Basement Features: 7.15.02
Steel Bands Bridge Age and
By ADIKA BUTLER
Today, steel bands consist of pan
players that are both male and female, young and old. However pan veteran
Magnus Scanterbury, who is now manager of the Pan Ambassadors, remembers
when business was different.
"Initially [bands] didn't take women and children," said Scanterbury in an
exclusive telephone interview with Basement Recordings.
He explained that much like the Reggae business in it's infancy, the steel
band was a refugee for young men in trying to survive the mean city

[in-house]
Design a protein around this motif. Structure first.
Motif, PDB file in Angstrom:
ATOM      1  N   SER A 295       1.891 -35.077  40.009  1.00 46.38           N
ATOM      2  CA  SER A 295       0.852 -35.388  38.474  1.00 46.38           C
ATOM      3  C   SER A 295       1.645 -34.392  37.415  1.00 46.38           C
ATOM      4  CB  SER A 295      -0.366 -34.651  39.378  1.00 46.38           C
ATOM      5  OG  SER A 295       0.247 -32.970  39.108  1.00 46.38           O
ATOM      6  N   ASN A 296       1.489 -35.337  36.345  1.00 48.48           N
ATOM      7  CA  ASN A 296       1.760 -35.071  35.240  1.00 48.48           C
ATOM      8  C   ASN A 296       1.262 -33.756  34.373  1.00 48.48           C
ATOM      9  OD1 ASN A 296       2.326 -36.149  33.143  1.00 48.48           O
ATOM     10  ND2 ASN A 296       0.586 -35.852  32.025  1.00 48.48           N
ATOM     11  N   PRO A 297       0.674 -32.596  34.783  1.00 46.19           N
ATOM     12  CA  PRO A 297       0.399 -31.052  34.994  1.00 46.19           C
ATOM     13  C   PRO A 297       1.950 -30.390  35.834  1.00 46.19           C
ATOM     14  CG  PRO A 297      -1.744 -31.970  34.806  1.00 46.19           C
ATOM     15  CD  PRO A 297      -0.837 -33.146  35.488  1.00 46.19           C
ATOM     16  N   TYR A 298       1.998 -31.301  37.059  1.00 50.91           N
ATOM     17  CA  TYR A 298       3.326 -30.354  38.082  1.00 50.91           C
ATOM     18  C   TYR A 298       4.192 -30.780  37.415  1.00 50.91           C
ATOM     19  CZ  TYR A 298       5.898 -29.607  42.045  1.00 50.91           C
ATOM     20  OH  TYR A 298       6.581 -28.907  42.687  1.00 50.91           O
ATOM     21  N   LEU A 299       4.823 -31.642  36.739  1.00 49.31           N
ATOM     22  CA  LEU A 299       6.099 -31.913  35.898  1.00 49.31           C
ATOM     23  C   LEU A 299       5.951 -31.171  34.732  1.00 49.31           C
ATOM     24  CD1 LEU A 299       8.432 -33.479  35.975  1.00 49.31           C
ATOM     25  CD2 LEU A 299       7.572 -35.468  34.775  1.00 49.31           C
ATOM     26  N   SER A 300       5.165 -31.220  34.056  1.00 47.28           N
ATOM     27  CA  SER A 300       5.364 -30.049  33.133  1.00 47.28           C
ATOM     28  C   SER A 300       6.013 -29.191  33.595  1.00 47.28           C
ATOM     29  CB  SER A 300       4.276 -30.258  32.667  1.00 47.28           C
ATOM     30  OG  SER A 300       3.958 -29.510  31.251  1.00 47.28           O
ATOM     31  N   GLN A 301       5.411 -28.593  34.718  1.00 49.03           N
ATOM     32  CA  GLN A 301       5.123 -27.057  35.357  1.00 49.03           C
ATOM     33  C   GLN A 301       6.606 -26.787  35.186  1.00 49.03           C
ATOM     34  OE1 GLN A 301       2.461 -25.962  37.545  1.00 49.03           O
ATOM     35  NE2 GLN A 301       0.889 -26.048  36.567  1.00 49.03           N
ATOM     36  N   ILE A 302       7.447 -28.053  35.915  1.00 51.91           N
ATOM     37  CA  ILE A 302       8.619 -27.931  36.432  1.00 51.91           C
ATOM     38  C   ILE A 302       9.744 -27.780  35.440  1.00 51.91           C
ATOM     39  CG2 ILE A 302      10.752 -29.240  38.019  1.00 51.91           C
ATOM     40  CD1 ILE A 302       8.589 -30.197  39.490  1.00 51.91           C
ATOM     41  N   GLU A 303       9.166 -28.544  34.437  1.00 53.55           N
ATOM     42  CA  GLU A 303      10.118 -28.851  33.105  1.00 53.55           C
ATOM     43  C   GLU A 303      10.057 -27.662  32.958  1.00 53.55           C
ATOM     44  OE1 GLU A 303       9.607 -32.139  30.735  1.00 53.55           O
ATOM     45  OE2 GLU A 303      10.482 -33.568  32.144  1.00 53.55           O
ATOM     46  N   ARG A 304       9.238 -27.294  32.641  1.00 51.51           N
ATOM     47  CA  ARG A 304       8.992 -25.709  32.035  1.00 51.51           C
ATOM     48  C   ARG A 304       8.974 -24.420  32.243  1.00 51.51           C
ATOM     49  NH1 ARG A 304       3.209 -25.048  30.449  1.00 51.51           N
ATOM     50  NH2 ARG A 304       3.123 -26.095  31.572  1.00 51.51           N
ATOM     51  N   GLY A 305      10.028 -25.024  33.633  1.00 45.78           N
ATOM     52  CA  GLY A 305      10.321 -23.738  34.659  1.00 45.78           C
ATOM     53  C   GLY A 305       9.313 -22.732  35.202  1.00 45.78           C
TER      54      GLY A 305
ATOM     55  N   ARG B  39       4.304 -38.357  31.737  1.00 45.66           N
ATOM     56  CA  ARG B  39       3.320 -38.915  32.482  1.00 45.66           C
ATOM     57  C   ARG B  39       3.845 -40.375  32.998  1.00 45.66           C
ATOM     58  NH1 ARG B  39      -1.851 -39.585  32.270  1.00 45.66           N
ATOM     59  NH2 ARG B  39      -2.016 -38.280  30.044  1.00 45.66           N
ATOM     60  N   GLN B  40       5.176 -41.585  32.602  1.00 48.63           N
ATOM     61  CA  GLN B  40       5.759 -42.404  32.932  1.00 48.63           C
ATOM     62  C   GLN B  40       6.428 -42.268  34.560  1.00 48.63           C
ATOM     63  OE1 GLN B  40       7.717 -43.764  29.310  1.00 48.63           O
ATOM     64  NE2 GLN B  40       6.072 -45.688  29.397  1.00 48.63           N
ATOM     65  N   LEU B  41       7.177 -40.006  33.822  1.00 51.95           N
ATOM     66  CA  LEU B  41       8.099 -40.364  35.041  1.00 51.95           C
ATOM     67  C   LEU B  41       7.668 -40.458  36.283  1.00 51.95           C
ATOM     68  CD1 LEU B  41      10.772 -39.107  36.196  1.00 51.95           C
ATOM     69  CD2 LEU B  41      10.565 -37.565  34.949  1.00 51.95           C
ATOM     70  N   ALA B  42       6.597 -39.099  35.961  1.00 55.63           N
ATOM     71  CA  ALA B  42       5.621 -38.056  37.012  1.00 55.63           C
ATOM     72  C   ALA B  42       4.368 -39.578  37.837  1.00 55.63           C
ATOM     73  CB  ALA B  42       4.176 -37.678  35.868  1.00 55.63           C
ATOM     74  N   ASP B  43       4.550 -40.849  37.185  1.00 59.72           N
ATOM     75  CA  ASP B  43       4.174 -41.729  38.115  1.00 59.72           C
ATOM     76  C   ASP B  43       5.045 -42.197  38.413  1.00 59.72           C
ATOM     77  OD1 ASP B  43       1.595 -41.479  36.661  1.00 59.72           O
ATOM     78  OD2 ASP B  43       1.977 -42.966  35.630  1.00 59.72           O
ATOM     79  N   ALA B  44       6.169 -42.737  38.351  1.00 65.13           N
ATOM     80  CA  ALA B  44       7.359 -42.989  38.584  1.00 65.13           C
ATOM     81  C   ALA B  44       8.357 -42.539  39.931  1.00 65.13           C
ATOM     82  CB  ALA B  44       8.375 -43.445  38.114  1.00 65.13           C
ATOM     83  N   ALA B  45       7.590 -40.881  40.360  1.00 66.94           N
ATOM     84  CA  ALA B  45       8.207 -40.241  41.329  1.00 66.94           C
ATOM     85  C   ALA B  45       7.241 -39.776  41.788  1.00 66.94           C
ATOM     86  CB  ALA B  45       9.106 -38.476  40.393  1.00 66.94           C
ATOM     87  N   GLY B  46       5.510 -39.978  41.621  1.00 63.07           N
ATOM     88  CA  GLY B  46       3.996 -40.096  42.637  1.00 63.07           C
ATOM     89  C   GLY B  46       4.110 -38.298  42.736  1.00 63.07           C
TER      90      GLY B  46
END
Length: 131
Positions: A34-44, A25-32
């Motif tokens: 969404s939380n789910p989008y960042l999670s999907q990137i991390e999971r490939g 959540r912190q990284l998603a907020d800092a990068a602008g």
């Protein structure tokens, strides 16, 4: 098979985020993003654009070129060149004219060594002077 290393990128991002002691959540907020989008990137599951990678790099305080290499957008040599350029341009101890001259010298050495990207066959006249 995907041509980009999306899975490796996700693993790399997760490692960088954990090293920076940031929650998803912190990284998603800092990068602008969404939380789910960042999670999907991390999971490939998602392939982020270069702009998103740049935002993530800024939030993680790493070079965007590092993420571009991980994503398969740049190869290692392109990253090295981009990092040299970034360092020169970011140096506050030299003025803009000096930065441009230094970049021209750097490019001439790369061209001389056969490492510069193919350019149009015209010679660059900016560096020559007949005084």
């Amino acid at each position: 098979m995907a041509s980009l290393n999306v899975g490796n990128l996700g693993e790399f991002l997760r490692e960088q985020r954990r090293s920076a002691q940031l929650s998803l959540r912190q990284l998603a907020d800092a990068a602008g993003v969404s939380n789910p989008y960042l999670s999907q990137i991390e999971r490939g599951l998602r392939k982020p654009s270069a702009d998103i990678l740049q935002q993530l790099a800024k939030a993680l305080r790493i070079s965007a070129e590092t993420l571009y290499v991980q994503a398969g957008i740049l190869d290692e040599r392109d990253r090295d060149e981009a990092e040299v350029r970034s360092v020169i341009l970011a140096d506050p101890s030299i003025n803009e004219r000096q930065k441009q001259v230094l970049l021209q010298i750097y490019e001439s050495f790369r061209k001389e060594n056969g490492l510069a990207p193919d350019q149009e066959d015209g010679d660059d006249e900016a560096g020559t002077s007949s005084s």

streets. He said that back in his homeland of Trinidad during the 50's
the steel band was no place for a delicate young lady. "There were a lot
of fights so that kind of scared away the gentler sex," said Scanterbury.
He's said that he's proud to know that steel band has captured the hearts
of music listeners throughout both the Caribbean and the world at large. This, he said, has given the bands greater diversity, which
is present in his
very own band. "I have Panamanians, Jamaicans and Grenadians. It's
interesting how encompassing [the steel bands have] become now," said Scanterbury.
PAN AMBASSADORS PRACTICE SITE
256 Dorset Street between Ditmas Avenue and Coventry Road